John initially came to Northumbria as an MA student in creative writing. He was working on a novel – surreal, off-beat, hilarious – from which it was immediately apparent that here was a very special voice and distinctive talent. I suggested that when he completed the novel he should send it to Dedalus; he did and in 2014 Fontoon was published. Like most works of literary fiction it did little to shake the dogmatic slumber of mass consciousness or – to put it another way – make either John or Dedalus rich. That’s not why we do what we do. John had stuck his first flag into the great pimply backside of posterity, and now he’d better try and come up with another.
This was what he worked on as a PhD student at Northumbria. His thesis was to consist of a 70,000-word novel and 30,000-word critical commentary, written under the mentorship of myself and co-supervisor Michael Cawood Green. Think of it like Andy Murray coached by Ivan Lendl; Italo Svevo and James Joyce; Steve Brookstein and Simon Cowell – heck, do I need to go on?
What I’m saying – a lot less well than Baroness Tanni or Dr David – is how genuinely satisfying it is to see the achievement of people to whom you’ve given a little help, occasionally a little push, hopefully some encouragement and maybe even, who knows, a morsel of inspiration. Having in the last quarter of a century made my own pinpricks on the bum of history – The Great Chain of Unbeing is the latest – I draw hope from those still in the antemeridian of their career. To John I say well done, and to all my students I say – keep writing!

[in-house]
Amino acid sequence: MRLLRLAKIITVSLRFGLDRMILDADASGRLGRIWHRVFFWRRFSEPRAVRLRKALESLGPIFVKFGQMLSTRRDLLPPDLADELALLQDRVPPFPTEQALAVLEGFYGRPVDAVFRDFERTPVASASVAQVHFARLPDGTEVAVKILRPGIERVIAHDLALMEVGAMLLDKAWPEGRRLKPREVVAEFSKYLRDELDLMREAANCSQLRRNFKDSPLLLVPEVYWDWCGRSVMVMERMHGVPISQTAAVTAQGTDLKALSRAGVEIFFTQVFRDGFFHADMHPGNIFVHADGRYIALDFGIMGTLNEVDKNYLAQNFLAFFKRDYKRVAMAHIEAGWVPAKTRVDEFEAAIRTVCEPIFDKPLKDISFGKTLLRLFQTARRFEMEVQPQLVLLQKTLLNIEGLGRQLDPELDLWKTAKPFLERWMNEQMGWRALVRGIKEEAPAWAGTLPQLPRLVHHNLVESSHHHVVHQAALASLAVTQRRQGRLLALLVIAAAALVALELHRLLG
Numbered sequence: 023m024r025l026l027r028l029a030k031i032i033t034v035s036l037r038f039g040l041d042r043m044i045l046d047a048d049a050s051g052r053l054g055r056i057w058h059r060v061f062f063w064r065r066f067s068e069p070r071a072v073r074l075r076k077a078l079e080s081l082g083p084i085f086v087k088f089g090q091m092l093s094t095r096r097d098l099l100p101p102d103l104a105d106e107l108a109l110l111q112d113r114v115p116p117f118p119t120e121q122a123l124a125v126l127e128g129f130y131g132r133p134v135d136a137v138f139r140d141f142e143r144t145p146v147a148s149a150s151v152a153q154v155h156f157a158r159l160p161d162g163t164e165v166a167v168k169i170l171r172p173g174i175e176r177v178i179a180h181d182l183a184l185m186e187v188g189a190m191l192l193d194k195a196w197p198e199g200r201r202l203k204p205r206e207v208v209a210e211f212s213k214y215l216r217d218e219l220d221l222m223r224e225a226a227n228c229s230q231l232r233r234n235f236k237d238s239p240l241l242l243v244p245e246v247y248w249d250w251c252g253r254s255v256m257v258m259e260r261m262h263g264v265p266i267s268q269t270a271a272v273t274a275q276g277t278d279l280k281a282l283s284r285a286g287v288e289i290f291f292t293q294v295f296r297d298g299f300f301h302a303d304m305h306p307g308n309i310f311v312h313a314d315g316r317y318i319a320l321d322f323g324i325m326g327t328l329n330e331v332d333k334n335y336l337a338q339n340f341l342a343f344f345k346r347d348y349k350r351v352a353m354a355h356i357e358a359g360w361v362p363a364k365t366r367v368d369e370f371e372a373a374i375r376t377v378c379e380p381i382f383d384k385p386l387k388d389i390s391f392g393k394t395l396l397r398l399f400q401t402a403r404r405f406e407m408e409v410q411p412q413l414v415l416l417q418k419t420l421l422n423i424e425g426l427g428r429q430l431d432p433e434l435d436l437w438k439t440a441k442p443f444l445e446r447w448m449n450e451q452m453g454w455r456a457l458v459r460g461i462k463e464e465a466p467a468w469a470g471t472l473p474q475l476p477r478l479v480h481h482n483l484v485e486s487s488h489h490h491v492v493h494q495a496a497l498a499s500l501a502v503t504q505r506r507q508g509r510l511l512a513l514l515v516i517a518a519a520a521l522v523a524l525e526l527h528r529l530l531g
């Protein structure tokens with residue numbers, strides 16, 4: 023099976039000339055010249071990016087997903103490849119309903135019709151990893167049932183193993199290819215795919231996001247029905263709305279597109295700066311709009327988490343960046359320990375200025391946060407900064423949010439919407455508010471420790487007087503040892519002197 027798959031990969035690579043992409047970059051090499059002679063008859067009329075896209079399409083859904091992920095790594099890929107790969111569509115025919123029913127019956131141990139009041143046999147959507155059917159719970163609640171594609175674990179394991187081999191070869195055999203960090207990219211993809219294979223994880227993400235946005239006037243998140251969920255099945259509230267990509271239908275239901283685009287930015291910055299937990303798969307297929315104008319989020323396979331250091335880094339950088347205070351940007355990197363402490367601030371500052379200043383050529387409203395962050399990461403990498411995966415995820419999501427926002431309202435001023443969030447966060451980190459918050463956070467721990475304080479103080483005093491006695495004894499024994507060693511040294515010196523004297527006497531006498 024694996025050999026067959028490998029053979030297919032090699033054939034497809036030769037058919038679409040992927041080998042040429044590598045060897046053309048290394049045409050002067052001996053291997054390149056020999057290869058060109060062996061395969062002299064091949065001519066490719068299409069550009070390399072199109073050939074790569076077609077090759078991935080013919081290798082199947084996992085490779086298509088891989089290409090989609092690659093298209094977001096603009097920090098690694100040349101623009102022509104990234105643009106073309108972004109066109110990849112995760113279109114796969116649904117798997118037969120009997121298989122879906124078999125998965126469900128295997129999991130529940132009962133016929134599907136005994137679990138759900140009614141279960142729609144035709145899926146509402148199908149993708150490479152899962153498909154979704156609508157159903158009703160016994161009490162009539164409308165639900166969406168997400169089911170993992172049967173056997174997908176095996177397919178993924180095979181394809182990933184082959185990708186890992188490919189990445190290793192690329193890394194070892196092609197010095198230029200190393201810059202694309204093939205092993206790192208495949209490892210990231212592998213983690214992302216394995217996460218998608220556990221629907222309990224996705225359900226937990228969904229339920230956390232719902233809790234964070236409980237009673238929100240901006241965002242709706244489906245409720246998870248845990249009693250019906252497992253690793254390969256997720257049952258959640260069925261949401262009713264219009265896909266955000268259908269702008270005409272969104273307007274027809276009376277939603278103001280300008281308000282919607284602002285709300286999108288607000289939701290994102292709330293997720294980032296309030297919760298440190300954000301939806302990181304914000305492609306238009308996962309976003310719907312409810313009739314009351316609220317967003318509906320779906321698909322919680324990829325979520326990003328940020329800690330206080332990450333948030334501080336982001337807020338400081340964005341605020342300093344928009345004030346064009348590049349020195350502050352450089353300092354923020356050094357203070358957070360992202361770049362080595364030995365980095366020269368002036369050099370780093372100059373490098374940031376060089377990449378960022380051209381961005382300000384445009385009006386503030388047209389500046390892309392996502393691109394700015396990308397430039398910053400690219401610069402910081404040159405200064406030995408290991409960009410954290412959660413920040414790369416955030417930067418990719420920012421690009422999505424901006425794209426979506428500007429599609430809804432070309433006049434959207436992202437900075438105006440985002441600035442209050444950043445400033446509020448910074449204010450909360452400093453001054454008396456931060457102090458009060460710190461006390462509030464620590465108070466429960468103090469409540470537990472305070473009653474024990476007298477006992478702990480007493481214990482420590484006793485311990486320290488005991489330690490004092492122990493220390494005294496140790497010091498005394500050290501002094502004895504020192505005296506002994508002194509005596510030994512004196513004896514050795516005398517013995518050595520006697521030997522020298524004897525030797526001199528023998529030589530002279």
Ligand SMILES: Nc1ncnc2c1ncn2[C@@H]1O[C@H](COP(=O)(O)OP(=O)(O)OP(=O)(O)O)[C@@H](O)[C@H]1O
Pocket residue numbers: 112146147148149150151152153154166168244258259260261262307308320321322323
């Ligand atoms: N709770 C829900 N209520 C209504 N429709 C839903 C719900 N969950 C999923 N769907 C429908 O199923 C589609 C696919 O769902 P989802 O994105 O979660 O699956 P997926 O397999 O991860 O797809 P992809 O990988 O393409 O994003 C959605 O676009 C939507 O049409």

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One poet reflects on another poet’s work

Jenna Clake was born in Staffordshire in 1992. She has a PhD in Creative Writing from the University of Birmingham, where her research focused on the Feminine and Feminist Absurd in twenty-first century British and American poetry. Jenna’s poetry has appeared in Poems in Which, The Bohemyth, Oxford Poetry, and more. Fortune Cooke is her debut collection. She has this to say on the poetry of Gaia Holmes, whose third collection of poetry is called Where the Road Runs Out.

‘Gaia Holmes’s poems are meditations on evening fires, familial duty, where someone is ‘definitely dying’, where the outside comes in, the land and the natural world become an integral part of self, community and understanding grief. These poems made me light a candle, find another blanket, crave fresh bread, and send thoughts to my loved ones many miles away.’

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Sophie Hughes discusses what drew her to Alia Trabucco Zerán’s The Remainder

Sophie Hughes discusses what drew her to Alia Trabucco Zerán’s The Remainder